Noah Millman considers the domestic politics of a negotiated nuclear deal with Iran:
My question is: does it matter? Will the Romney campaign’s inevitable criticism have any impact on the prospect of diplomacy’s success? My instinct is to say: no, it will have no meaningful impact, but I’m not sure. If a deal requires sending nuclear fuel to Iran in exchange for an agreement to open-ended IAEA inspections and a commitment to end enrichment beyond 3.5%, it’s easy to see how that would be demagogued as “agreeing to let Iran go nuclear.” Could the Obama Administration still sign on? Or would they have to push for an end to all enrichment, full stop, and thereby scuttle a deal?
I’m inclined to agree with Noah that Romney’s likely criticism of a deal with Iran wouldn’t matter to the Obama administration. I am less certain that it wouldn’t have some influence on Tehran’s willingness to follow through on a deal with one administration when it can’t be sure that Obama will still be in office a year from now. Iranian hard-liners might find Romney’s election to be a boon for them*, so they have an incentive to try to sabotage any agreement that would benefit Obama politically at home. If Romney expressed his opposition to a deal, Obama probably wouldn’t react to that by demanding more from Iran. Iranians inside the regime already skeptical of dealing with the U.S. might seize on Romney’s opposition as proof that any commitments the U.S. makes won’t mean anything if Romney wins. Iran’s government may assume that a Romney administration would impose new demands that makes any deal they negotiate now more or less meaningless over the long term. They might or might not be right about that, but it makes sense that they would find it difficult to reach an agreement that the next administration might not honor. Of course, Romney might prevent this from happening by not making opportunistic criticisms of Obama’s conduct of foreign policy during the general election, but I wouldn’t count on that.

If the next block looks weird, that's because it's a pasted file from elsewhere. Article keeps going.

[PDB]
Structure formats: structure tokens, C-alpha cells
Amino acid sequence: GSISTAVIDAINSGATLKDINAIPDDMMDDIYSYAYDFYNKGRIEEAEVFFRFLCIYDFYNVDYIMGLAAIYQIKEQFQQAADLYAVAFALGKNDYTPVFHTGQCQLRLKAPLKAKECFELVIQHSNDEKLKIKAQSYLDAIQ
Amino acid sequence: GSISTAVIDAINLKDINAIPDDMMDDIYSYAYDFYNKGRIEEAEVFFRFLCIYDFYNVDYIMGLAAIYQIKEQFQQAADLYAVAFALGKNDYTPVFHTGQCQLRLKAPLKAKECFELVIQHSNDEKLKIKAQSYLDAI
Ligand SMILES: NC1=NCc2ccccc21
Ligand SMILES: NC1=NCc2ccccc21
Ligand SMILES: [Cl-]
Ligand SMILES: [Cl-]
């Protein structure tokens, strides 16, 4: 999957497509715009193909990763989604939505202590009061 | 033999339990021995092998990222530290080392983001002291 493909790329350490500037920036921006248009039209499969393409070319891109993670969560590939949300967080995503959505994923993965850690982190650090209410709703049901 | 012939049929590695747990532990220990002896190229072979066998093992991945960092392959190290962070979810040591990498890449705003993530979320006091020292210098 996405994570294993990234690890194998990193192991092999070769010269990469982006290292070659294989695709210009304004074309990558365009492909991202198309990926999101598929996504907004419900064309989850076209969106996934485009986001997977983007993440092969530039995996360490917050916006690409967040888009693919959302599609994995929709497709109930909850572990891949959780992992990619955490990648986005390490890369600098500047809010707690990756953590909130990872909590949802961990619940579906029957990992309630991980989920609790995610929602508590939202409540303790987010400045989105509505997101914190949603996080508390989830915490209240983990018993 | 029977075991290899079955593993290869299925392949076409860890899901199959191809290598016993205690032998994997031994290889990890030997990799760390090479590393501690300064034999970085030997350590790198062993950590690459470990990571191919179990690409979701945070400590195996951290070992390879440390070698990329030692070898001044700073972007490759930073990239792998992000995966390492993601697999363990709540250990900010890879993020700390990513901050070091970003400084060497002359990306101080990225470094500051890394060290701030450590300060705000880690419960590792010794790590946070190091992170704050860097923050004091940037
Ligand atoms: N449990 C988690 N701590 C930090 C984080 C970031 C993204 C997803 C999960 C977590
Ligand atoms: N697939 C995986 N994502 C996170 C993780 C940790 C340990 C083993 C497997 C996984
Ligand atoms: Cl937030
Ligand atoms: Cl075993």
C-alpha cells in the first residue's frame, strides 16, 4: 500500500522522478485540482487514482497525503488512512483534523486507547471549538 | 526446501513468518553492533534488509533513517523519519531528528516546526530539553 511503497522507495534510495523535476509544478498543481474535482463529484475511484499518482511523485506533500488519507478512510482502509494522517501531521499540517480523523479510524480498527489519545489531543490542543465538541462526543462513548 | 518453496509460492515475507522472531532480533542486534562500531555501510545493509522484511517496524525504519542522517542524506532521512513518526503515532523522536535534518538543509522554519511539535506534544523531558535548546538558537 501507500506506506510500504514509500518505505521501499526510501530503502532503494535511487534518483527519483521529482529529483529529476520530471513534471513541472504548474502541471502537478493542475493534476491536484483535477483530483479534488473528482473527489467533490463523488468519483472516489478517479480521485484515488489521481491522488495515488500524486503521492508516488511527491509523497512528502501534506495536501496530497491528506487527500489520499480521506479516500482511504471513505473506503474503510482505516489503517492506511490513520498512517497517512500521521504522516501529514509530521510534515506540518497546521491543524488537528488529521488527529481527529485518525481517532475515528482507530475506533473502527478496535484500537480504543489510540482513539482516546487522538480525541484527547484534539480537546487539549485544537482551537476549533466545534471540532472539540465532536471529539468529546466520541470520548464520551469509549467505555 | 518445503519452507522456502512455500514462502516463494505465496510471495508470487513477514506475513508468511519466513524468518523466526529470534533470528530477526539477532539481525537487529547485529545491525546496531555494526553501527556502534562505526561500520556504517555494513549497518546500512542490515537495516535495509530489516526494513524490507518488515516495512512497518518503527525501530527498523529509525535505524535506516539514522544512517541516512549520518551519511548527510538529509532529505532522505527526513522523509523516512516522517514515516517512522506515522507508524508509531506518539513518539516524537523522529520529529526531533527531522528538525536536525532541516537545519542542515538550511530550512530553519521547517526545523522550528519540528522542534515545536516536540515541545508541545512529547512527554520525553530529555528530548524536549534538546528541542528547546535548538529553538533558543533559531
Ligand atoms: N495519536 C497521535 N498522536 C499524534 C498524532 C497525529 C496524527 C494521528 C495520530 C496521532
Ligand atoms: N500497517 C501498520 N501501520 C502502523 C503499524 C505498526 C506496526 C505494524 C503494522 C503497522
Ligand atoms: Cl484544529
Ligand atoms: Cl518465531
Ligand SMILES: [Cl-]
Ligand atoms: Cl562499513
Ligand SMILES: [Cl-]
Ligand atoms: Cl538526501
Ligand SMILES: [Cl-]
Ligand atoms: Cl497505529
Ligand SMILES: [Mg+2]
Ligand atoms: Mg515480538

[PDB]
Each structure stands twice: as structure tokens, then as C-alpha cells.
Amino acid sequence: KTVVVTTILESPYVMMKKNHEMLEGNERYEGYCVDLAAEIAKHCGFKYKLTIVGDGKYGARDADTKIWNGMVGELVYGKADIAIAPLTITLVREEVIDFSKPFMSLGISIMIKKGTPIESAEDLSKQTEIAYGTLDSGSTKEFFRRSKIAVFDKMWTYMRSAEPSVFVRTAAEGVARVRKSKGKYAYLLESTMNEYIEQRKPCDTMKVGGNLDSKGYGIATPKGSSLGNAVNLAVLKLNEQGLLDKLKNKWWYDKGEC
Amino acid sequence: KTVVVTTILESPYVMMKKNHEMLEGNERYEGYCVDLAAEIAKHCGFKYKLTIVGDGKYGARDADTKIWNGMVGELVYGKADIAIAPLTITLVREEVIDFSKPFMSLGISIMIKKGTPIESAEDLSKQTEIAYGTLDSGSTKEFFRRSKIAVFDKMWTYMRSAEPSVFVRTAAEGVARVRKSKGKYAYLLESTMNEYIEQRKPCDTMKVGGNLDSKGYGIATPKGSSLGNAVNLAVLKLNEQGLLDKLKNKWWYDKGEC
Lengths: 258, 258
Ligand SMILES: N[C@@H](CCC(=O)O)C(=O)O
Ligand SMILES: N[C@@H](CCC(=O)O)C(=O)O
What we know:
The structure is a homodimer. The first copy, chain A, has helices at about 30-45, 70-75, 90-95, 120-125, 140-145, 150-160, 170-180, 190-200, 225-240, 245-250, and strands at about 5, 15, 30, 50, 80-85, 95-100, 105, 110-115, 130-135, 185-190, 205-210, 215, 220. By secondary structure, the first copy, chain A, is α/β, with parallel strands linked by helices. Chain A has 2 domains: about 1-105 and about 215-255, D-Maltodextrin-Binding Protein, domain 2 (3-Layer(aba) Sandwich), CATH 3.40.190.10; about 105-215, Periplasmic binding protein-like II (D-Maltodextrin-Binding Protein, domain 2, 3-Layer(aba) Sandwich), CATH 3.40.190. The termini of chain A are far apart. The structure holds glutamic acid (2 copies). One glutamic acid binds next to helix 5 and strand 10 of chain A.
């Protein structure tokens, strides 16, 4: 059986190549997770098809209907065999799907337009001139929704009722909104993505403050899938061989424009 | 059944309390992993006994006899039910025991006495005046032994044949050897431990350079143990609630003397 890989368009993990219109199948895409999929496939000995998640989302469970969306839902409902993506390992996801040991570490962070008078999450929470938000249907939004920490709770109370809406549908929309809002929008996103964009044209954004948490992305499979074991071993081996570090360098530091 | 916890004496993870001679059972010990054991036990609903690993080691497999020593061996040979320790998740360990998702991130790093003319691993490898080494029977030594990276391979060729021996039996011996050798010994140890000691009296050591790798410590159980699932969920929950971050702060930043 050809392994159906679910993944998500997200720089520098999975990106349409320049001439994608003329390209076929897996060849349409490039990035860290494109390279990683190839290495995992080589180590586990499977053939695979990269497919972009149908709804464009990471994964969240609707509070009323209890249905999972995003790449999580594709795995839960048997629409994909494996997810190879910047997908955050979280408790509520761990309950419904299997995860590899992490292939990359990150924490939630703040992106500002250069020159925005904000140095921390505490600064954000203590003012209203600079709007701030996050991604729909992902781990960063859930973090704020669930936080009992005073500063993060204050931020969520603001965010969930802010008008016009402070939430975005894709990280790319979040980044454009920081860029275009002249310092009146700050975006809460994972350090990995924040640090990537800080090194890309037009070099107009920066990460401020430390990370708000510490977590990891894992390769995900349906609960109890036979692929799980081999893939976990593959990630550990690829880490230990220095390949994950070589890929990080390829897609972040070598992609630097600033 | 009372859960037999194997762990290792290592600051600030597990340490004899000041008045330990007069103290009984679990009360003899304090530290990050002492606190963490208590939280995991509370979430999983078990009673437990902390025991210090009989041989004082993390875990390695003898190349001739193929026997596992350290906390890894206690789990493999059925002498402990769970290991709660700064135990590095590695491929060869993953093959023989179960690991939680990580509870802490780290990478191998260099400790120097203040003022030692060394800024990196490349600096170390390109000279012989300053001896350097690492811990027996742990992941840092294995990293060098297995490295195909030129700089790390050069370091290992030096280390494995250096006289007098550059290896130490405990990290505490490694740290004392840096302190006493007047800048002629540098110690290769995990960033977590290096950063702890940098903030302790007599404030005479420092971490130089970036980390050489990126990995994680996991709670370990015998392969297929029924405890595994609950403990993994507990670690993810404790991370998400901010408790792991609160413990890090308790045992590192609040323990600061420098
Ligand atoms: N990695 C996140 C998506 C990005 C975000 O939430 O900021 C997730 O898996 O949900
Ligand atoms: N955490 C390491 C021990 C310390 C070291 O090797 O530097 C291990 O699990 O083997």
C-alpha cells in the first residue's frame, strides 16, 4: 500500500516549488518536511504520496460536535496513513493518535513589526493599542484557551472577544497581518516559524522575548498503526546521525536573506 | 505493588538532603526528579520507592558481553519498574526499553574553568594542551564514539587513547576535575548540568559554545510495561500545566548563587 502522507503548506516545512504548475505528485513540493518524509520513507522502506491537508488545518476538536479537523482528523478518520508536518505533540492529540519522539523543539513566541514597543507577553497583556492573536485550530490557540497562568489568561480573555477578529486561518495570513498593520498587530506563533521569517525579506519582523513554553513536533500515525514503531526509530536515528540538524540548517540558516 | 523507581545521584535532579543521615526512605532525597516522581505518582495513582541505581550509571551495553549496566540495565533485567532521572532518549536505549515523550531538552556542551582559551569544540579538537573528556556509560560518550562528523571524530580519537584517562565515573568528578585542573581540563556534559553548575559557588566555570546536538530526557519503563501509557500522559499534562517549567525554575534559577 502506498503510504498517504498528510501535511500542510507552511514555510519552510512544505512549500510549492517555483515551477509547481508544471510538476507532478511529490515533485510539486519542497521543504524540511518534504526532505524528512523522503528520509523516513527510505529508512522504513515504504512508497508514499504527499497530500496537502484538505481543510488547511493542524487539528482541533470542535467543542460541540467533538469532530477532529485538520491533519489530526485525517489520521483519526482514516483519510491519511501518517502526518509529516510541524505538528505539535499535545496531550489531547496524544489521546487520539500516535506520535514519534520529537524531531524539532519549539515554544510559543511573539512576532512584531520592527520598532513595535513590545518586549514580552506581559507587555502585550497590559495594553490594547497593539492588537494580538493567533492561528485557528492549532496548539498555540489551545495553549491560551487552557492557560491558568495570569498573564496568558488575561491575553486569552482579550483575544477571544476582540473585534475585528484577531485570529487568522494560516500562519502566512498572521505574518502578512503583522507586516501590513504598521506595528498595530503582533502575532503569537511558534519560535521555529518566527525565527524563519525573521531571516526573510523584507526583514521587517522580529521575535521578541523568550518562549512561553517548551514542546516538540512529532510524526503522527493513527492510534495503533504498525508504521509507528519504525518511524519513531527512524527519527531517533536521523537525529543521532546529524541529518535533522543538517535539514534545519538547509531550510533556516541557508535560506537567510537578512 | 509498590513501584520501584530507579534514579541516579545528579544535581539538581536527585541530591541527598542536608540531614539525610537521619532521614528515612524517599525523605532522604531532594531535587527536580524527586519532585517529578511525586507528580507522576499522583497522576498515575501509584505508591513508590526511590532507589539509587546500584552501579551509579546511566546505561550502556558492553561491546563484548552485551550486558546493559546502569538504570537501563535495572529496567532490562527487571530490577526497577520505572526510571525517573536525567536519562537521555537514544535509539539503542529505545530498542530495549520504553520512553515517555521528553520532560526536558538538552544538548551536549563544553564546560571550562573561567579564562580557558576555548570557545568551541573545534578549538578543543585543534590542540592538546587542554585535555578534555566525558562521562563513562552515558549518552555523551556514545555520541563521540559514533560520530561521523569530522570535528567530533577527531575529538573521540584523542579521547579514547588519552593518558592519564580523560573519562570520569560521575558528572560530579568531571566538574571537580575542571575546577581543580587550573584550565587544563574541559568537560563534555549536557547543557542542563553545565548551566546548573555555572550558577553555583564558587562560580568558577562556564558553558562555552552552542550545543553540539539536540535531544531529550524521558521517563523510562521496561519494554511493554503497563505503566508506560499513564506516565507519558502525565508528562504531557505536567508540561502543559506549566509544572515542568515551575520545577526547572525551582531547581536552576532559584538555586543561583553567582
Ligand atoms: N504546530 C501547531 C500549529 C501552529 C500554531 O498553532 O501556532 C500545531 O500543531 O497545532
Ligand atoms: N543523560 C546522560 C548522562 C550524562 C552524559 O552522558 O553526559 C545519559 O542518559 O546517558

* Contrary to a common assumption, hard-liners in other countries tend to prefer it when our government is headed by nationalists opposed to diplomatic engagement. It validates their preferences, and it makes it easier for them to marginalize the proponents of engagement on their side.